The last decade or two have made it painfully apparent that there is a new super-race who regularly gather in secret to create dastardly concoctions the likes of which us sorry mortals could never conceive. Unlike most reptilian illuminati, however, this group meet in quirky places such as treehouses in New Jersey backyards, gingerbread shops in Munchen and sun-dappled punts floating their lazy way down the Cam. They draw charmingly naïve pictures of ducks in waistcoats while plotting their next gambit regarding world domination. Sometimes they all wear tracksuits and play elastics and wonder if post-post-irony is a concept worth pursuing. On a quiet candlelit eve, they might crane their necks to look over the shoulders of lifetime members Mssr Gondry and Ms July and the assembled members of The Arcade Fire to watch as Dave Eggers takes a quiet sip from one of their latest homebrews and nods sagely before pronouncing his verdict:
“Needs more whimsy.”
There’s a bit in Daniel Kitson’s new show where he deprecates the smug arrogance of the person who claims to appreciate the tiny imperfections of daily life – who begs a fondness for the wonky stairs of their home, as opposed to finding them something in need of fixing. It’s a moment in the show that seems vital, since Kitson is exactly this person. He does find meaning in his wonky stairs, and his works in recent years have for me been characterised by just that smug arrogance, dealing as they have with the allure of obsolescence: cassette tapes, lollipop ladies, fireworks, English food.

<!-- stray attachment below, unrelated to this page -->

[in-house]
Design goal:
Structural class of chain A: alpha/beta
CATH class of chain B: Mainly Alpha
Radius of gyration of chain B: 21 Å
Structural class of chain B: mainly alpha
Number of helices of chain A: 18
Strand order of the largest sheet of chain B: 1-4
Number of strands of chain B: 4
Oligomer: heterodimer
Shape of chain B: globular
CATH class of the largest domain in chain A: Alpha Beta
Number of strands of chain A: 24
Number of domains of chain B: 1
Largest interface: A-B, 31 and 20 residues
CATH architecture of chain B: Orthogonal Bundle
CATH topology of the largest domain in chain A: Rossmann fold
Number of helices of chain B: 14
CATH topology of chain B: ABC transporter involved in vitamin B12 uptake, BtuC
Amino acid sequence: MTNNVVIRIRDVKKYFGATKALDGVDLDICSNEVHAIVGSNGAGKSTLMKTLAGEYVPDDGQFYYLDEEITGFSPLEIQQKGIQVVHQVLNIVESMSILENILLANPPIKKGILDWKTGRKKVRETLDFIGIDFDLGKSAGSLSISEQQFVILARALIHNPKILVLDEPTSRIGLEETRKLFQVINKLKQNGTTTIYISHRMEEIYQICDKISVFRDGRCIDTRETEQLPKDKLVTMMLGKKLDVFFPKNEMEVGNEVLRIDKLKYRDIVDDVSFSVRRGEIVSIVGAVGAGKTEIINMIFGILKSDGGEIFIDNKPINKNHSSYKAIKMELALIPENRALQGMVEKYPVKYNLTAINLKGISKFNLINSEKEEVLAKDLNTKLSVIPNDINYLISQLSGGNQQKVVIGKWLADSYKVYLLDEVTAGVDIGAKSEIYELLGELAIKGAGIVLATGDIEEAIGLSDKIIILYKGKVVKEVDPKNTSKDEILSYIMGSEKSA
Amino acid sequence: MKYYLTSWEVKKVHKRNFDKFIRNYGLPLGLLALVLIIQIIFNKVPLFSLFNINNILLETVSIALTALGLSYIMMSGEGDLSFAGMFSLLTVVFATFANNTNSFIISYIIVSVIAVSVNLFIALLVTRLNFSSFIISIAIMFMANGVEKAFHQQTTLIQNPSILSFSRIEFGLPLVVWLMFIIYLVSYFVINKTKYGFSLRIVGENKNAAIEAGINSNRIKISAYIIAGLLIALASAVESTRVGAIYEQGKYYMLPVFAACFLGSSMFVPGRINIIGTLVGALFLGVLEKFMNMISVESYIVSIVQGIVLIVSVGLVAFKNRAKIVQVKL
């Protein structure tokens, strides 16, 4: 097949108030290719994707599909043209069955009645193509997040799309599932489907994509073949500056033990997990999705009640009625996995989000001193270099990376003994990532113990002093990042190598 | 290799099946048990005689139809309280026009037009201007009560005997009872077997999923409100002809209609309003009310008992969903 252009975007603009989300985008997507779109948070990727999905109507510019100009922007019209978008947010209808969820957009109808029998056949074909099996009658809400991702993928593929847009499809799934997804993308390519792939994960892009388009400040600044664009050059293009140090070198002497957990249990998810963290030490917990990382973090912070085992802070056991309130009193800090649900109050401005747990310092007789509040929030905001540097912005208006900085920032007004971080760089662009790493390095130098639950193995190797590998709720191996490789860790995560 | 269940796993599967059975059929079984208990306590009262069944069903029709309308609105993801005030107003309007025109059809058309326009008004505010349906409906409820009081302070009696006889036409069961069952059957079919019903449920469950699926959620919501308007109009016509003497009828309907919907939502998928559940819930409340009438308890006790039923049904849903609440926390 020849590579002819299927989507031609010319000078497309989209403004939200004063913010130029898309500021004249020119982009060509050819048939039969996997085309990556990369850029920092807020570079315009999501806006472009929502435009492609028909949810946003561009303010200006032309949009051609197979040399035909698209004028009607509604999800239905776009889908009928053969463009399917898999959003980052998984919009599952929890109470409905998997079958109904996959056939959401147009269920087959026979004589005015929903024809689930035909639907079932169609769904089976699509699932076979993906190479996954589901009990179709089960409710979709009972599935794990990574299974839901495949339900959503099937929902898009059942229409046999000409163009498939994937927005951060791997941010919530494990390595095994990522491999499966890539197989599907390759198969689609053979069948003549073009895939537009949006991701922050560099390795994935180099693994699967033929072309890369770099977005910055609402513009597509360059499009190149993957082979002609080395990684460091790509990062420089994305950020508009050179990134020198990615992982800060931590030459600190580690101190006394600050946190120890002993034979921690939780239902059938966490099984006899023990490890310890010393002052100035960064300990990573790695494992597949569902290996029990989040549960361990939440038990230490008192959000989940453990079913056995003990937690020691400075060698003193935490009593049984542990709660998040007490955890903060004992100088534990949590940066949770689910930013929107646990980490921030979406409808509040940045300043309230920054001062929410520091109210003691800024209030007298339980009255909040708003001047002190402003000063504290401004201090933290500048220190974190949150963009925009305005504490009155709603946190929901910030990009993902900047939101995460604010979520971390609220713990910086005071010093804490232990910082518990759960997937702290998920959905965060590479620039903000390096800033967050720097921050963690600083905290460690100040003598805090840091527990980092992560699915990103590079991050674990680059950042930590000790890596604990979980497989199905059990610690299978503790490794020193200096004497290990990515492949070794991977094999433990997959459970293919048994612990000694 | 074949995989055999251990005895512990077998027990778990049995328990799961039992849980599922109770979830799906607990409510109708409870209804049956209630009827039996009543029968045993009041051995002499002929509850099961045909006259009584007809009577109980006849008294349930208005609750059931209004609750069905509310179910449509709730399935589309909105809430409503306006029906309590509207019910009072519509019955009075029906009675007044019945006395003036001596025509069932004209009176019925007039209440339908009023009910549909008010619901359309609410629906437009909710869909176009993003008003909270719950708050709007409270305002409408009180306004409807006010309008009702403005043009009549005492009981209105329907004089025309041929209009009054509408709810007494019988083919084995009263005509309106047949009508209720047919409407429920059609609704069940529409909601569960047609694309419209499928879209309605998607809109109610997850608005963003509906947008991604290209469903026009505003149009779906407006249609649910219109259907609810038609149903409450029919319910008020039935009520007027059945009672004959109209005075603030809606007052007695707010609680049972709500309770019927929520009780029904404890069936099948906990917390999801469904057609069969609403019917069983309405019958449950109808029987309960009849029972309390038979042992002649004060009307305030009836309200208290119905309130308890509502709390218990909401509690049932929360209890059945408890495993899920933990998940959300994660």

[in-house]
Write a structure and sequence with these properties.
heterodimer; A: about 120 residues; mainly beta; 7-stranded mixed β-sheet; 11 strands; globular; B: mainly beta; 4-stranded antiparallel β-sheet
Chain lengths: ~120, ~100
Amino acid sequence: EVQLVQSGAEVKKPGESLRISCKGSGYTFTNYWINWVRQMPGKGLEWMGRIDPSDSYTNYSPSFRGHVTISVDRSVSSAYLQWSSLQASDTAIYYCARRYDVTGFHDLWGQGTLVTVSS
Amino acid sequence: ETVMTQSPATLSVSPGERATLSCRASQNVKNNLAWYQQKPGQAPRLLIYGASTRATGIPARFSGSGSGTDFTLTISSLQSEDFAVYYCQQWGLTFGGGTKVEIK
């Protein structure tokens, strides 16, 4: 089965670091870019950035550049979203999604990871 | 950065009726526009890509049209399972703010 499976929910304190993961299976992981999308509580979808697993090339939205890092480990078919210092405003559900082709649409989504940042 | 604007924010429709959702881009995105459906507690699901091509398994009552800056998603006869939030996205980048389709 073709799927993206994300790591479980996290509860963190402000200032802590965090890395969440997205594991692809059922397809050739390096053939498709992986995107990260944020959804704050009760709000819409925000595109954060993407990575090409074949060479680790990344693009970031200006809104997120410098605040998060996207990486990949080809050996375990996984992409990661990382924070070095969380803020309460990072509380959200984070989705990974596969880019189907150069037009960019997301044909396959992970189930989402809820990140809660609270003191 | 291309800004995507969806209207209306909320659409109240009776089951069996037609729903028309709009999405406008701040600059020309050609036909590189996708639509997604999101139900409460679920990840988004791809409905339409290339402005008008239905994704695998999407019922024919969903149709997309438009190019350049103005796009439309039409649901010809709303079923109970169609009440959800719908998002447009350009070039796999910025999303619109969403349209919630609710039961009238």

I never really thought Kitson hit the mark, though. He was a famously misanthropic stand-up who made his name with an inimitable ability to excoriate the targets of his wrath in brilliantly verbose fashion. Then he reinvented himself as an arch-humanist, a teller of modern fables, an observer of life’s less-appreciated moments of tiny wonder. The kind of person who’s three guitar lessons away from calling himself a troubadour. I didn’t buy it.